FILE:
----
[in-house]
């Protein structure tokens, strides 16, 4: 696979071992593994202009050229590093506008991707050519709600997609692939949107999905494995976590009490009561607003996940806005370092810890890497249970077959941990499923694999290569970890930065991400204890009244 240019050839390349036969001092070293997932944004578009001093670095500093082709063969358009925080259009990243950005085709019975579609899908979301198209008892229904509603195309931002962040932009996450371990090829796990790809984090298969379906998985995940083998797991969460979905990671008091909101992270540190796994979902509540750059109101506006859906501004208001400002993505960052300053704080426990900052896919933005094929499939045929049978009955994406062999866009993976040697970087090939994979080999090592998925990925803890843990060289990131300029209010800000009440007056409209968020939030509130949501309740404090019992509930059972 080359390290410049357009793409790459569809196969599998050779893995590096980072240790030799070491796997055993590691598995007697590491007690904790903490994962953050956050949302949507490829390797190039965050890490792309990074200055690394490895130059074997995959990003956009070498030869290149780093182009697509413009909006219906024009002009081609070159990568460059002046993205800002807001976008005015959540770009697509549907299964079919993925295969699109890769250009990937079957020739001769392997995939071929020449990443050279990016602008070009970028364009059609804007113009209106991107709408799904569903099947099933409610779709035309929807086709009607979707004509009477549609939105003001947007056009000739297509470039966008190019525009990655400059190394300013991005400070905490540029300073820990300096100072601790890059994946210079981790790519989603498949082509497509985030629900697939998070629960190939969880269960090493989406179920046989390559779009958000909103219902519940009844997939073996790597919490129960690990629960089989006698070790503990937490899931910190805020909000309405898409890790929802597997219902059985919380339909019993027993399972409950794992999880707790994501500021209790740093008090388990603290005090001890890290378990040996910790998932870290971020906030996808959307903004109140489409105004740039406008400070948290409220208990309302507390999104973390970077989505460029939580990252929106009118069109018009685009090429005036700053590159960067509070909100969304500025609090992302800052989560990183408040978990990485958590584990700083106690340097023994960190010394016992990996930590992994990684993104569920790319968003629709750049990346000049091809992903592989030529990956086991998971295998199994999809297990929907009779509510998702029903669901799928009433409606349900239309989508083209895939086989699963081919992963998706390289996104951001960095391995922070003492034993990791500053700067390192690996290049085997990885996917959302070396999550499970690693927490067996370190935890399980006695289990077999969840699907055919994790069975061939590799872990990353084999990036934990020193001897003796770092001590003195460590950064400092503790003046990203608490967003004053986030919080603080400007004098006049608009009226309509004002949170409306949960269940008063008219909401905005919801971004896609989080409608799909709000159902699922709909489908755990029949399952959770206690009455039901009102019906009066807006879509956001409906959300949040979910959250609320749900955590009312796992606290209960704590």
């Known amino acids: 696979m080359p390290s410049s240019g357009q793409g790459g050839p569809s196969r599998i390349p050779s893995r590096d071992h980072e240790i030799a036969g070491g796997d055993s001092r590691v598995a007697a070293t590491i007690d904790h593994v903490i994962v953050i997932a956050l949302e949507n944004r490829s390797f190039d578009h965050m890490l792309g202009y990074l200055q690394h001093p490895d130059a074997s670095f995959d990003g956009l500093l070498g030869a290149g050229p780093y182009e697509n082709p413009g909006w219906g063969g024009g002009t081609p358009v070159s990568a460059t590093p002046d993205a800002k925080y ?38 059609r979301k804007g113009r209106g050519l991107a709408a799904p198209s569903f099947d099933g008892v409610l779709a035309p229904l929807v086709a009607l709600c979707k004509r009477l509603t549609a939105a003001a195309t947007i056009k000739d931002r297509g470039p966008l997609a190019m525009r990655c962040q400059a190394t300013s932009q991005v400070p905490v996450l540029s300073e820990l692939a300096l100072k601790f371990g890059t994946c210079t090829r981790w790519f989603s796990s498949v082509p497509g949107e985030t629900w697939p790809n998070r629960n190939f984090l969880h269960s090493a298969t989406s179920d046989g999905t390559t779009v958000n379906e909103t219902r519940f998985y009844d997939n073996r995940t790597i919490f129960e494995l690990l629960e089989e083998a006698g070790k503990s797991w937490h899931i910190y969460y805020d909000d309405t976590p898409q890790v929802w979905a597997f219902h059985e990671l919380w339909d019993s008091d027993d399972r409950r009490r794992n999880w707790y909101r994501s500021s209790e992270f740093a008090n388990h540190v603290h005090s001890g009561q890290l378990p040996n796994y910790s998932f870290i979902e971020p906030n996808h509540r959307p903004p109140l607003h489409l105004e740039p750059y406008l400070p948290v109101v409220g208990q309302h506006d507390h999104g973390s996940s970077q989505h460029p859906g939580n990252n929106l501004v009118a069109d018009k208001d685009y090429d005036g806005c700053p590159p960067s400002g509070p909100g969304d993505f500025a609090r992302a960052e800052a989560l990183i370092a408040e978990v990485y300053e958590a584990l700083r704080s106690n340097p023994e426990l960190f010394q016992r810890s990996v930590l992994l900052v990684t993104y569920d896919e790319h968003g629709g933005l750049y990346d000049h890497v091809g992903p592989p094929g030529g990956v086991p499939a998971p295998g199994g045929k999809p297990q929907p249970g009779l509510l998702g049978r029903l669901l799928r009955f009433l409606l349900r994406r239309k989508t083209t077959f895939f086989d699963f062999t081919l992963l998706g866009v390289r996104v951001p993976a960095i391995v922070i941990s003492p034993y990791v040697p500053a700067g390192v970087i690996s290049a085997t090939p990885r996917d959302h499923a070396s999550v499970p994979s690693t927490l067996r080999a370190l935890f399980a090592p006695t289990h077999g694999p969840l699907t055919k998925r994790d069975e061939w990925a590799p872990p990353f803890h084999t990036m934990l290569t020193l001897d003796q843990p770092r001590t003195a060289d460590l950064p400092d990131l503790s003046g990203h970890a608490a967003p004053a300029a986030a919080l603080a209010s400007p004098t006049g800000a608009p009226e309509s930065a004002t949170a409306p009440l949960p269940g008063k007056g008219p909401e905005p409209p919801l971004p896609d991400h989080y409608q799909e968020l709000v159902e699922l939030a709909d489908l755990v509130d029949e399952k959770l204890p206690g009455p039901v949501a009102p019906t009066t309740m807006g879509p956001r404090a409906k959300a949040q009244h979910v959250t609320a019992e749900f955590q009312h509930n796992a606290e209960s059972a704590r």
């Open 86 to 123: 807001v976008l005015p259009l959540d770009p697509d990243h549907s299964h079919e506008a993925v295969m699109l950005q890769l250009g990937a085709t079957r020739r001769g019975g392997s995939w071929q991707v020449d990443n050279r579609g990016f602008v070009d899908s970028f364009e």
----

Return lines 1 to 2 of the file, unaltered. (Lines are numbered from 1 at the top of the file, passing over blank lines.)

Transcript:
[in-house]
């Protein structure tokens, strides 16, 4: 696979071992593994202009050229590093506008991707050519709600997609692939949107999905494995976590009490009561607003996940806005370092810890890497249970077959941990499923694999290569970890930065991400204890009244 240019050839390349036969001092070293997932944004578009001093670095500093082709063969358009925080259009990243950005085709019975579609899908979301198209008892229904509603195309931002962040932009996450371990090829796990790809984090298969379906998985995940083998797991969460979905990671008091909101992270540190796994979902509540750059109101506006859906501004208001400002993505960052300053704080426990900052896919933005094929499939045929049978009955994406062999866009993976040697970087090939994979080999090592998925990925803890843990060289990131300029209010800000009440007056409209968020939030509130949501309740404090019992509930059972 080359390290410049357009793409790459569809196969599998050779893995590096980072240790030799070491796997055993590691598995007697590491007690904790903490994962953050956050949302949507490829390797190039965050890490792309990074200055690394490895130059074997995959990003956009070498030869290149780093182009697509413009909006219906024009002009081609070159990568460059002046993205800002807001976008005015959540770009697509549907299964079919993925295969699109890769250009990937079957020739001769392997995939071929020449990443050279990016602008070009970028364009059609804007113009209106991107709408799904569903099947099933409610779709035309929807086709009607979707004509009477549609939105003001947007056009000739297509470039966008190019525009990655400059190394300013991005400070905490540029300073820990300096100072601790890059994946210079981790790519989603498949082509497509985030629900697939998070629960190939969880269960090493989406179920046989390559779009958000909103219902519940009844997939073996790597919490129960690990629960089989006698070790503990937490899931910190805020909000309405898409890790929802597997219902059985919380339909019993027993399972409950794992999880707790994501500021209790740093008090388990603290005090001890890290378990040996910790998932870290971020906030996808959307903004109140489409105004740039406008400070948290409220208990309302507390999104973390970077989505460029939580990252929106009118069109018009685009090429005036700053590159960067509070909100969304500025609090992302800052989560990183408040978990990485958590584990700083106690340097023994960190010394016992990996930590992994990684993104569920790319968003629709750049990346000049091809992903592989030529990956086991998971295998199994999809297990929907009779509510998702029903669901799928009433409606349900239309989508083209895939086989699963081919992963998706390289996104951001960095391995922070003492034993990791500053700067390192690996290049085997990885996917959302070396999550499970690693927490067996370190935890399980006695289990077999969840699907055919994790069975061939590799872990990353084999990036934990020193001897003796770092001590003195460590950064400092503790003046990203608490967003004053986030919080603080400007004098006049608009009226309509004002949170409306949960269940008063008219909401905005919801971004896609989080409608799909709000159902699922709909489908755990029949399952959770206690009455039901009102019906009066807006879509956001409906959300949040979910959250609320749900955590009312796992606290209960704590």